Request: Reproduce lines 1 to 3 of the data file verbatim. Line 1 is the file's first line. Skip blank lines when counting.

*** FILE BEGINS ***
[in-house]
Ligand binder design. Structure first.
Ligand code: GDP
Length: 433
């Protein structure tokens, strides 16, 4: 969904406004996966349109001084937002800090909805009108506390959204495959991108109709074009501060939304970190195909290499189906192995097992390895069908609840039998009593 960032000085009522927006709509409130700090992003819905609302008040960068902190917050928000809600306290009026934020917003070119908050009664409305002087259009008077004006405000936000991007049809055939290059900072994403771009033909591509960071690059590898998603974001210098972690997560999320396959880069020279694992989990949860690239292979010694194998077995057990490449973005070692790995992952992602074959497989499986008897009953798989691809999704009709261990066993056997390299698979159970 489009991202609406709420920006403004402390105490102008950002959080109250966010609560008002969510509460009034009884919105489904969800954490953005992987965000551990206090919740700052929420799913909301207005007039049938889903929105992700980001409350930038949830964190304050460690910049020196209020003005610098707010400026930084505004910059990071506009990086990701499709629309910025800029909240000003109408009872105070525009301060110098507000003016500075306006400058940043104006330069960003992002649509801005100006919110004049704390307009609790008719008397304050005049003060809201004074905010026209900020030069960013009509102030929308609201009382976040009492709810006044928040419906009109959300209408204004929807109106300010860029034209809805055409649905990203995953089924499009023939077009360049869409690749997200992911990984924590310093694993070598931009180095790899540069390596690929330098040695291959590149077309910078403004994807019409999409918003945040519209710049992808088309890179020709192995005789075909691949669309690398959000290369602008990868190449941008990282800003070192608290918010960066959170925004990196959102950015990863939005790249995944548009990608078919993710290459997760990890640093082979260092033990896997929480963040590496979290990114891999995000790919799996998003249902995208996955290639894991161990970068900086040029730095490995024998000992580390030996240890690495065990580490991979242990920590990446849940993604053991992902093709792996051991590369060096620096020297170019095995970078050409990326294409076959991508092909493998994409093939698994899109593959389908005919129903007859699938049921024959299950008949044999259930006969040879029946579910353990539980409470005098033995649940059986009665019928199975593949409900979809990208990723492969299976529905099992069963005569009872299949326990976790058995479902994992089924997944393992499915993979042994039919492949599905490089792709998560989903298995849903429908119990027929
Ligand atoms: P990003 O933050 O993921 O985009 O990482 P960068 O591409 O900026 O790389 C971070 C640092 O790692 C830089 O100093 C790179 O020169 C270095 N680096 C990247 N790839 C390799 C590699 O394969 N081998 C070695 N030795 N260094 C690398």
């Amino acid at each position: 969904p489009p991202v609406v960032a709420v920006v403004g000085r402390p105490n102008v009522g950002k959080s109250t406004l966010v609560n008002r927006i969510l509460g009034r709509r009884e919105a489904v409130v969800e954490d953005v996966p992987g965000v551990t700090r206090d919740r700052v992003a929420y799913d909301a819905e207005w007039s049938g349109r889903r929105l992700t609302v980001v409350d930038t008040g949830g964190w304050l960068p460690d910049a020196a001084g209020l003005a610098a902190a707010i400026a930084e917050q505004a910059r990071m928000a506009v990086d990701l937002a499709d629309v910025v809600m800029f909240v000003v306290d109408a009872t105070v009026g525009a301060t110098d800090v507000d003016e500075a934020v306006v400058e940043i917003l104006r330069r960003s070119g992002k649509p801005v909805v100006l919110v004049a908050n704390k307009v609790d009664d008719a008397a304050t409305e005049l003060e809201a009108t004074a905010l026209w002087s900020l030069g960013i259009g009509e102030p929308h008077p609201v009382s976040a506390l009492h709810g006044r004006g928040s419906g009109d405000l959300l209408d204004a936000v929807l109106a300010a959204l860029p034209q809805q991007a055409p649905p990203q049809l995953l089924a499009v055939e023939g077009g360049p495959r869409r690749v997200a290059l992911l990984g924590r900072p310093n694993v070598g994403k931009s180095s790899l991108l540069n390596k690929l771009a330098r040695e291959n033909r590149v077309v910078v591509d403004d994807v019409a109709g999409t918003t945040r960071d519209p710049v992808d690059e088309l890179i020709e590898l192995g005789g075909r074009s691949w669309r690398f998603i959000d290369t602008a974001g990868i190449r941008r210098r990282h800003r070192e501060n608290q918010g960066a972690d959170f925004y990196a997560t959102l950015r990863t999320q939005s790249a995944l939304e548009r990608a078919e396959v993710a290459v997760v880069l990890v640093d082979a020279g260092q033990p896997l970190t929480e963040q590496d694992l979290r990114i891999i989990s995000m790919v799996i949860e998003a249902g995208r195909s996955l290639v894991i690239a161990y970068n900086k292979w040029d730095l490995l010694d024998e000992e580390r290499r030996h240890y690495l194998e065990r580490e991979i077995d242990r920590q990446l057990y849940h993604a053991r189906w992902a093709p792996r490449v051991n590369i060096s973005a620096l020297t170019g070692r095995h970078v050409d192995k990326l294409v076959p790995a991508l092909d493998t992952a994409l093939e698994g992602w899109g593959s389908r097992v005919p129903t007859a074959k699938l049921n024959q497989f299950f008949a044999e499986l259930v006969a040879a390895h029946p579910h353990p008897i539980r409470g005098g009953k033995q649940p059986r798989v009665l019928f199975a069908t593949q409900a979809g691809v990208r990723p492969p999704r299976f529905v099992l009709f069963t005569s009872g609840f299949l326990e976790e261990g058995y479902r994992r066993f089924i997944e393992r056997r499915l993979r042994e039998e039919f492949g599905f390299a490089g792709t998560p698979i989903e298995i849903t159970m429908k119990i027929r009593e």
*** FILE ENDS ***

[in-house]
Ligand binder design. Structure first.
Ligand code: GDP